Mound at Sunset

Toltec Mounds Archeological State Park renamed Plum Bayou Mounds Archeological State Park

The Community Bicyclist

Name chosen to better reflect the culture of the people who built the mounds

(SCOTT, Ark.) – To better reflect the culture of the people who built the mounds, Toltec Mounds Archeological State Park has been renamed Plum Bayou Mounds Archeological State Park. Named for a nearby stream, the Plum Bayou culture has been identified by archeologists as the builders of the mounds.

“After consulting with the Arkansas Archeological Survey, representatives of the Quapaw Nation and other stakeholders, Arkansas State Parks and the State Parks, Recreation and Travel Commission decided to rename the park to honor the distinct culture of the Plum Bayou people,” said Stacy Hurst, secretary of the Arkansas Department of Parks, Heritage and Tourism.

Aerial of Mound.
Aerial of Mounds.

A public open forum was held in April to hear from the community about changing the name of the park. Input from the public and key stakeholders was considered in the decision to change the name of the park to Plum Bayou Mounds Archeological State Park.

During the 1800s, many mound sites in the southeastern United States were thought to have been built by the Toltecs of Mexico. An archeological study of mound sites in the 1880s proved that the mounds were not built by people from Mexico, but by ancestors of the Natives who lived in the southeastern United States.

“The name ‘Toltec Mounds’ has always been a misnomer,” said Shea Lewis, director of Arkansas State Parks. “Even though archeologists have proven that the Toltecs of Mexico did not build these mounds, they continued to be known as the Toltec Mounds. The park has long noted the misidentification in its interpretive materials, but this name change will help provide a better understanding of the people who lived here and the importance of their culture.”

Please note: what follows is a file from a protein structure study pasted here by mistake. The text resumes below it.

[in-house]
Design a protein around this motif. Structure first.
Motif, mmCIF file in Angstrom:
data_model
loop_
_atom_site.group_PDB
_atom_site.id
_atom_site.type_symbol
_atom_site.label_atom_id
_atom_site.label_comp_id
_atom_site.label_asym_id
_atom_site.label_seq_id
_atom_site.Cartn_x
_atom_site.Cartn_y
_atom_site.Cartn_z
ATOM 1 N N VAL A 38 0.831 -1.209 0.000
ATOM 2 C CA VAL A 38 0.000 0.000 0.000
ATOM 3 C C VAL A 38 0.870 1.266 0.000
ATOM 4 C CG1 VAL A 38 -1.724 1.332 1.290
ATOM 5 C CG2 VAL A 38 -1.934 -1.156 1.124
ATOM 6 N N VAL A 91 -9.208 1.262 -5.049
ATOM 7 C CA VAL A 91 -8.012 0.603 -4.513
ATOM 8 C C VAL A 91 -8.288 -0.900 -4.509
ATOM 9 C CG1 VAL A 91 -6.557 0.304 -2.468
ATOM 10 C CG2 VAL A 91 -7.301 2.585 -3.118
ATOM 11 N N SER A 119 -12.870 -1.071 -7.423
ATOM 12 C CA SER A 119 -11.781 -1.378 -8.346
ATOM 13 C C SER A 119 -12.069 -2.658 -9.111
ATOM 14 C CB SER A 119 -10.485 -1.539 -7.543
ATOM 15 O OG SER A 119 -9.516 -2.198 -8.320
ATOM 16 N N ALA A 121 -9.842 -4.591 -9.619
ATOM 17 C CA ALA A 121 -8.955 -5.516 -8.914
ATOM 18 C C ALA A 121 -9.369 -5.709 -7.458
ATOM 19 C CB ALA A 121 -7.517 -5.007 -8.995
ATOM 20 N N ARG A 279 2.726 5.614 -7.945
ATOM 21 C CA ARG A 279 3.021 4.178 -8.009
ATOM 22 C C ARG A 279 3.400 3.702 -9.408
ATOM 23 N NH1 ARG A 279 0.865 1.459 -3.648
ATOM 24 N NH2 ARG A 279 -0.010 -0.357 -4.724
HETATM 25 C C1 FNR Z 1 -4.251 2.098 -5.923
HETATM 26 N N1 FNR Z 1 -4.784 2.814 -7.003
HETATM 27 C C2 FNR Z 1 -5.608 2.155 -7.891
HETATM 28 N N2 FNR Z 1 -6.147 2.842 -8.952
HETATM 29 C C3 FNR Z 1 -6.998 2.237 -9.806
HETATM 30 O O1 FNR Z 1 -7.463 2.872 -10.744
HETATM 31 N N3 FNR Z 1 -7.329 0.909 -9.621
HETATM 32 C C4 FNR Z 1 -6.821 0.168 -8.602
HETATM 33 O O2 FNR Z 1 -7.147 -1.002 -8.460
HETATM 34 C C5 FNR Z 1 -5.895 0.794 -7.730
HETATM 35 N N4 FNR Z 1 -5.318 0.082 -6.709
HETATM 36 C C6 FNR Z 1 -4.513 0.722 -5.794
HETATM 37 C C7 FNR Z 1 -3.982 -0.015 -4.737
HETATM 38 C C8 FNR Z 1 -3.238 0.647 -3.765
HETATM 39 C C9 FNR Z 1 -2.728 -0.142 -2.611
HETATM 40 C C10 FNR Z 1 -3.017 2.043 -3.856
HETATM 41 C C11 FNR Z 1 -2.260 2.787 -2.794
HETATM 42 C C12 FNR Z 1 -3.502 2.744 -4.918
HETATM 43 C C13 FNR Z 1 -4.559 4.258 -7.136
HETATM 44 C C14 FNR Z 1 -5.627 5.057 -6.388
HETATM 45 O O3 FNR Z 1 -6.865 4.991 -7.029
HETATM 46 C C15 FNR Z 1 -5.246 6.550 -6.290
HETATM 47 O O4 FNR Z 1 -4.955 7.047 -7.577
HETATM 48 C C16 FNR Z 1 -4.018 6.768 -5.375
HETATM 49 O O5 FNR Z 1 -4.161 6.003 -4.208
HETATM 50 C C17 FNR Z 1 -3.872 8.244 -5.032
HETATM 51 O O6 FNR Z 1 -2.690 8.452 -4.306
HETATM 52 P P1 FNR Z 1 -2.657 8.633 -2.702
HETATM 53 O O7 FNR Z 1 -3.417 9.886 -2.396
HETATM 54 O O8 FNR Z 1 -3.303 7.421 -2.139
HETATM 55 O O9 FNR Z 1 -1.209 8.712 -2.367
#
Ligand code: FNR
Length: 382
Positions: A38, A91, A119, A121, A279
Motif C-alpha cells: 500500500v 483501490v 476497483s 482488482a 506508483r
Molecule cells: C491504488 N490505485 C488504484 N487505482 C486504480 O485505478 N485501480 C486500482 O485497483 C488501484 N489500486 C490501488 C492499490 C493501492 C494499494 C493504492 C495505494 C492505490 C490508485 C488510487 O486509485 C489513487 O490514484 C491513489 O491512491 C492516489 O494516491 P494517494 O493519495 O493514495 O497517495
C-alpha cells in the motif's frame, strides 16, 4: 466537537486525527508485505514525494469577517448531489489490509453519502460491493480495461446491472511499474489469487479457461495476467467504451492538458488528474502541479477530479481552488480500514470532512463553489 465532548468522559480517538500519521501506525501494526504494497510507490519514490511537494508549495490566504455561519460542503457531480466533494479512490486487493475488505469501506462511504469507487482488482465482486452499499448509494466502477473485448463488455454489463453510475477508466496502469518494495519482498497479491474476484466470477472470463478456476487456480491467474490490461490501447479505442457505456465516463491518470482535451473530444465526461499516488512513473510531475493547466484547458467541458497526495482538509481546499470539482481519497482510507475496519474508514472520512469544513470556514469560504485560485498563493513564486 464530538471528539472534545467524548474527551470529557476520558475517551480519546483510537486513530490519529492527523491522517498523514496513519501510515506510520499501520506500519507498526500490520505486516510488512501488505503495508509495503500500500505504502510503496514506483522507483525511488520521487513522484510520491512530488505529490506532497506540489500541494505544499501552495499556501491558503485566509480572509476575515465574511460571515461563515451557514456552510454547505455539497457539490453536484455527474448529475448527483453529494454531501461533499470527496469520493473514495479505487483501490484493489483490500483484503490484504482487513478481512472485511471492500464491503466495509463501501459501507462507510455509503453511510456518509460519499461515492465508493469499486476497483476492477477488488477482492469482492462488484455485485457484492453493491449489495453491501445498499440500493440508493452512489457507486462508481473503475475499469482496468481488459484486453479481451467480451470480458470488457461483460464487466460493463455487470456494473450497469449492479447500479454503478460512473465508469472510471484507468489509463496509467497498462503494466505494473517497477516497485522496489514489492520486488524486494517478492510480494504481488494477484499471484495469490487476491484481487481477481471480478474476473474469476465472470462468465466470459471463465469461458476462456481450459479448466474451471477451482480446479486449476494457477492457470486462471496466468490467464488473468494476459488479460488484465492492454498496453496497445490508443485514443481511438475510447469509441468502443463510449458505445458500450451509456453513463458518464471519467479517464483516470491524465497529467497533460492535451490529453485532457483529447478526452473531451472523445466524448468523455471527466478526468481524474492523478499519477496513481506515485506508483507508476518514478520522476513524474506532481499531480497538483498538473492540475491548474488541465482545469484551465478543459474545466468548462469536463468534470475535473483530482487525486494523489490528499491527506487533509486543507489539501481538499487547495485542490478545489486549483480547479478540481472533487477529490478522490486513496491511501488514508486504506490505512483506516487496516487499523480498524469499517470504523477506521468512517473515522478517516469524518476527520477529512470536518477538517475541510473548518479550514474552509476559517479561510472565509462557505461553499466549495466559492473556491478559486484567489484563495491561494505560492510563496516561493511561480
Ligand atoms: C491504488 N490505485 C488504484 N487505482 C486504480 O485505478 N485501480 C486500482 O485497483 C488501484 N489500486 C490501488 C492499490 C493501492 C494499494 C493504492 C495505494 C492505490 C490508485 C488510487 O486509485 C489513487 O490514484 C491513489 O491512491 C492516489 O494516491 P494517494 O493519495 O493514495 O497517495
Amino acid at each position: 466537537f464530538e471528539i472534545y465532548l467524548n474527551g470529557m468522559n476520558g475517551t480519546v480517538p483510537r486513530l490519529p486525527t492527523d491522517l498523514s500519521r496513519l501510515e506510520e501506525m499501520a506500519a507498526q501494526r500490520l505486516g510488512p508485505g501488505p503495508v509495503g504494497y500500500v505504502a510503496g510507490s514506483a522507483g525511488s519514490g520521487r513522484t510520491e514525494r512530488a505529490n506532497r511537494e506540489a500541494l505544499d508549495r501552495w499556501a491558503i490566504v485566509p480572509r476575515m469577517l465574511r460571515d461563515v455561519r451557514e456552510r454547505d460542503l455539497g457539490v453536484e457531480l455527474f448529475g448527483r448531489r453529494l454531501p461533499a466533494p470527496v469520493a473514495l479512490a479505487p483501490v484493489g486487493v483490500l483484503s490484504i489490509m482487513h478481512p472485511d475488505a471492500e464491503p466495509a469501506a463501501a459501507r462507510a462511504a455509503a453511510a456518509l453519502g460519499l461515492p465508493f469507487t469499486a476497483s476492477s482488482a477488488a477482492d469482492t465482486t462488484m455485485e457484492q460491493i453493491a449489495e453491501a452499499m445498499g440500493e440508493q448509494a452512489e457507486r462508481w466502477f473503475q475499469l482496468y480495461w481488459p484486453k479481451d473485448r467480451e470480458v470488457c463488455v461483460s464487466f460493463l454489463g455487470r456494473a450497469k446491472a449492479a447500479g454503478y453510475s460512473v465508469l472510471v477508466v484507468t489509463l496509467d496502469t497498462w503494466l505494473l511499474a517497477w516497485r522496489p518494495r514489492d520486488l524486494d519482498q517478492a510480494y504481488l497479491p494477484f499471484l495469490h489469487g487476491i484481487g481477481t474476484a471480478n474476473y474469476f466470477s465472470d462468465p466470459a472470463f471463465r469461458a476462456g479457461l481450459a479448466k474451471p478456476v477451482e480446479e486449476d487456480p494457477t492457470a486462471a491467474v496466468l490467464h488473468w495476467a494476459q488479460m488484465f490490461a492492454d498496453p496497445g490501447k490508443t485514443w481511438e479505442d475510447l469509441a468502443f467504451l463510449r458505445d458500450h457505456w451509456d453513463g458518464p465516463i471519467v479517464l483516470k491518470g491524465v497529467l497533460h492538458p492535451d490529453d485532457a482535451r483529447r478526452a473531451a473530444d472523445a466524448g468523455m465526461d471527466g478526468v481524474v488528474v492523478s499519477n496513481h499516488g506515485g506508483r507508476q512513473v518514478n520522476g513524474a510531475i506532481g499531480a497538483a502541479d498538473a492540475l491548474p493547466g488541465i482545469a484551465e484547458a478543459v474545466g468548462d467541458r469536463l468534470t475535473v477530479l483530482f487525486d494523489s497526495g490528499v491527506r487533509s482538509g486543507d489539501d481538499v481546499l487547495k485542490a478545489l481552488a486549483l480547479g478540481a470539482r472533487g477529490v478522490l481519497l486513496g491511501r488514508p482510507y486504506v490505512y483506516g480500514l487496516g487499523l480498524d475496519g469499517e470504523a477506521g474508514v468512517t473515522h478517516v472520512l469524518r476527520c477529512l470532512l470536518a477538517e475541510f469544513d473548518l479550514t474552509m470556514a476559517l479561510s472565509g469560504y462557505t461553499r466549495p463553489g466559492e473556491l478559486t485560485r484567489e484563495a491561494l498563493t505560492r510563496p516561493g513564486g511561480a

Arkansas State Parks officials regularly meet with representatives of Arkansas’s Native groups to ensure that state parks accurately depict their history and culture. Members of the Quapaw Nation played an important role in the discussions to make this name change.

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Signage depicting the park’s new name will be phased in over the next few months. Website information had not been updated as of this article date.

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A National Historic Landmark, one of four in the Arkansas State Park system, Plum Bayou Mounds Archeological Park interprets the largest and most complex mound site in the state. It also offers the rare opportunity to see archeological research at work. This site was a ceremonial ground for prehistoric Native Americans and stands today as an important and fascinating piece of history. A popular field trip destination for local schools, the park recommends that requests for guided tours be made well in advance. Located 4 miles from Scott, a short and beautiful drive from Little Rock.

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